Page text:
In fact, with Junzi (君子) we have the first of The Master’s reinterpretations. In its original, nonphilosophical context, junzi (君子) is much more like Junker - the Prussian aristocrats - than Man Of Complete Virtue. In fact, the Lun Yu itself has a nonphilosophical use of junzi (11.1)

To illustrate, let’s look at Junzi (君子) character by character. The first character Jun (君) means something like Prince. The Japanese honorific Kun is descended from this word. The second character Zi (子) is, as mentioned, Master.

The Master’s source for this term as a philosophical concept is what he would have called the Zhou Yi (周易) and is now called the Yi Jing (易經) or “I Ching.” Western sources often state that this book was “originally a divination manual”, often without precisely defining ‘originally’, ‘divination’, ‘manual’ or even ‘a’. Mostly this seems to be said because Chinese sources insist that it is “not originally a divination manual”, a proposition exactly as ill defined.

For our purposes now, it is enough to note that, for The Master, the Yi Jing (易經) was a book between two and five hundred years old and widely accepted as both a style guide and philosophical text. To take one literally random example of how Junzi (君子) is used in the Yi Jing, let’s look Hexagram 15, Modesty or Qian (謙). The judgment is “君子有終”, which Legge translates “the superior man [i.e. the junzi] has good issue”. The comment on the first yin says “謙謙君子,用涉大川,吉” , which (highly paraphrasing Legge’s translation) says “The junzi adds humility to humility, thus may cross the great stream, good fortune”. This is obviously much closer to what The Master means than Junker!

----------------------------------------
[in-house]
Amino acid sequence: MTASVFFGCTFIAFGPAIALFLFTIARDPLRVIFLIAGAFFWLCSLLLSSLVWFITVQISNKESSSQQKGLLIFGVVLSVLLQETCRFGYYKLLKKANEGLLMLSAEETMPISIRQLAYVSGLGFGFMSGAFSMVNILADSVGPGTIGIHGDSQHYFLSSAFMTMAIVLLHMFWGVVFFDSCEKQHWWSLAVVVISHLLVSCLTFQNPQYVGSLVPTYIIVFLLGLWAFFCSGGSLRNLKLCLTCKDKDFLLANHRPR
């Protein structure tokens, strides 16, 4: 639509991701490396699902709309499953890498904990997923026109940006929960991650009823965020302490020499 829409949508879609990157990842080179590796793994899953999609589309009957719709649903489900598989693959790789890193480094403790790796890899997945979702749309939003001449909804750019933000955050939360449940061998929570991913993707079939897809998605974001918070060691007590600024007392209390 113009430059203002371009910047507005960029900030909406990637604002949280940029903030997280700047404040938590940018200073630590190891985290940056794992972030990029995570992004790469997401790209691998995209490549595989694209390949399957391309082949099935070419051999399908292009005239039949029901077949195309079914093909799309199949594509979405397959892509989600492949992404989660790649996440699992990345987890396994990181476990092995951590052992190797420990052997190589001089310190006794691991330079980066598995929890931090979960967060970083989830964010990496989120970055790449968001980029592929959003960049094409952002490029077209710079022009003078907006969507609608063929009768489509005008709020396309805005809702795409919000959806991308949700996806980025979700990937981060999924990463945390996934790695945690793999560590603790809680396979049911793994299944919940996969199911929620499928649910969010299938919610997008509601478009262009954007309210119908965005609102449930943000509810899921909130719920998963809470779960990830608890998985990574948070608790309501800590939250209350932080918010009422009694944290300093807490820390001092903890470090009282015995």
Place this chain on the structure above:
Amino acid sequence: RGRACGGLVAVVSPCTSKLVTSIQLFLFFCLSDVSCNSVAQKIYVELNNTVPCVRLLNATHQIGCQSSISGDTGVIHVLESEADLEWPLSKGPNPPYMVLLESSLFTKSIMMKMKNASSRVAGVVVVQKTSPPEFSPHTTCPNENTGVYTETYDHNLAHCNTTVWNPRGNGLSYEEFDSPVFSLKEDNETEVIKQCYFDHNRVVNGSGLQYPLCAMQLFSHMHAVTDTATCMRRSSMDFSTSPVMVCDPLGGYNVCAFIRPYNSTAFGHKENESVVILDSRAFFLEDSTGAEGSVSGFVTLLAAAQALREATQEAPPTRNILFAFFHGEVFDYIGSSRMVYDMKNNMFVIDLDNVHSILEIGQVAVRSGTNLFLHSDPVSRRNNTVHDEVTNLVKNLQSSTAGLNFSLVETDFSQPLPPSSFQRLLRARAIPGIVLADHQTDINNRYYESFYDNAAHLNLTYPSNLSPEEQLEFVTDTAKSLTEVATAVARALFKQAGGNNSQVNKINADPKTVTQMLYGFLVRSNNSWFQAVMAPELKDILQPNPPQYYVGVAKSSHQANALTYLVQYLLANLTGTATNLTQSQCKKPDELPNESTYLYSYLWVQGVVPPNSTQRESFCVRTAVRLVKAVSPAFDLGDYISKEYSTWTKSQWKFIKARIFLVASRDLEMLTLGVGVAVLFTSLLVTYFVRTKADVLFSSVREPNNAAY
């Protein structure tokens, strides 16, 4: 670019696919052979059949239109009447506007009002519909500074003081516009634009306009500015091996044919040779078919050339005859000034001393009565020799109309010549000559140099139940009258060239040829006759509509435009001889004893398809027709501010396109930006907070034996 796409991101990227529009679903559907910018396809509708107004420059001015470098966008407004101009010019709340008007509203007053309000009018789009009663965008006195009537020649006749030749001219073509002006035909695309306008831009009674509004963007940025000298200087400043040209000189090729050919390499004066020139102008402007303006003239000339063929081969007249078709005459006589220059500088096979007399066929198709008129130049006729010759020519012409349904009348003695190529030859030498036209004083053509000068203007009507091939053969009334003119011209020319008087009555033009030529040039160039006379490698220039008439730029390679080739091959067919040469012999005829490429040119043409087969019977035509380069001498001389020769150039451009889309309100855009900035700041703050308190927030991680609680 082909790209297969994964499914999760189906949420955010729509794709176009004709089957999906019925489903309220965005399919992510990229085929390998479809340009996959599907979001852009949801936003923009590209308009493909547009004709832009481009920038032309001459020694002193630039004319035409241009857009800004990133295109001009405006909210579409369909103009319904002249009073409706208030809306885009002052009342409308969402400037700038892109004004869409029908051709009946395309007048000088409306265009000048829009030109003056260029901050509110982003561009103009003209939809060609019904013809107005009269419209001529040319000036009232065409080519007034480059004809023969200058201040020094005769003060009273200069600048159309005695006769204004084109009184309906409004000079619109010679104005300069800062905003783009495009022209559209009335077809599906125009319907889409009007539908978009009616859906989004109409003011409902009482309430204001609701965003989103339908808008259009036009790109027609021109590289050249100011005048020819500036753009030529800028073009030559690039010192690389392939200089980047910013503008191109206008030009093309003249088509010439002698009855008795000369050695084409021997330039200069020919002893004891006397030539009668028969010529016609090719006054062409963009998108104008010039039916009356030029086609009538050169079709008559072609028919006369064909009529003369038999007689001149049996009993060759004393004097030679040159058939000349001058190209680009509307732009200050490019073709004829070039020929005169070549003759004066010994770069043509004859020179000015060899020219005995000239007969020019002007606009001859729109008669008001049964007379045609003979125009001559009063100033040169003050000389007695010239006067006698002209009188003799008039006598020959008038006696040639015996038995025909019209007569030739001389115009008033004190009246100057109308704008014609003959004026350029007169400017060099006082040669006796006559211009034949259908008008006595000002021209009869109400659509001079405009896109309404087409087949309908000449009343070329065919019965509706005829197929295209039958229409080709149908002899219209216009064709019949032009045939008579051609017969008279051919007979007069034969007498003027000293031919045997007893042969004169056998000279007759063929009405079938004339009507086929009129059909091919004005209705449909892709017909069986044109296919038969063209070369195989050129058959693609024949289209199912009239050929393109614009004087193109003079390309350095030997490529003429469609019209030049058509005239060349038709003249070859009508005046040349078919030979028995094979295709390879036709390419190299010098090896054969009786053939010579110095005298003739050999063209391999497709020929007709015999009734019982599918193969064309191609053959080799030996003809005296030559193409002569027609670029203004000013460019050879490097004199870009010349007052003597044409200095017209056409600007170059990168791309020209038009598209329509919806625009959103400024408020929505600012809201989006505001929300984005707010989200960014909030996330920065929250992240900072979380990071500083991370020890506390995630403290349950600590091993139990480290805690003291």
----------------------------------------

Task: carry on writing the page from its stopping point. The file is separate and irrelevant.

By the use of this one word, The Master reaches as deeply into his own history as he can in order to understand the political, economic and social disintegration of his own time. We will soon see many parallels between his era and our own. Thus we will soon, in reading the Lun Yu, be talking to a living man. This man, Confucius, is the check which I am mailing you to cash.

Some Closing Formalities

I hope you enjoyed today’s analect. This post will end with some formalities, as you can’t bowl a 300 if the pins aren’t in place every time.

This series will cover approximately two sayings biweekly. This week we will only do one, because of the long intro. There will also be retrospectives at the end of each book and so forth. As you can see above, each saying will be quoted in Simplified Chinese, then in Pinyin (which I will not always very consistently use) and then in Legge’s translation. This will be easier to see in practice, I assure you. As a source, I am simply using this wikibook, which has enough info. Over the course of this project I’m attempting to improve my Chinese up from basically nothing, so feel free to clown on any misquotes or misunderstandings. I prefer learning by success, but learning by failure is always a back up.

My main goal in this reading is to provide an entertaining commentary. I won’t always have a lot to say, and what I say may not have much to do with The Master’s words. I will happily cite Albert Einstein, W. Arthur Lewis and dril if I find it insightful or at least funny. That said, I do want to learn and share some classical commentaries as well. These first few will by necessity have a good amount of introductory material as I dribble out the basic words of Chinese philosophy and my interpretations of them. Even with that, I have some real interpretive humdingers coming soon.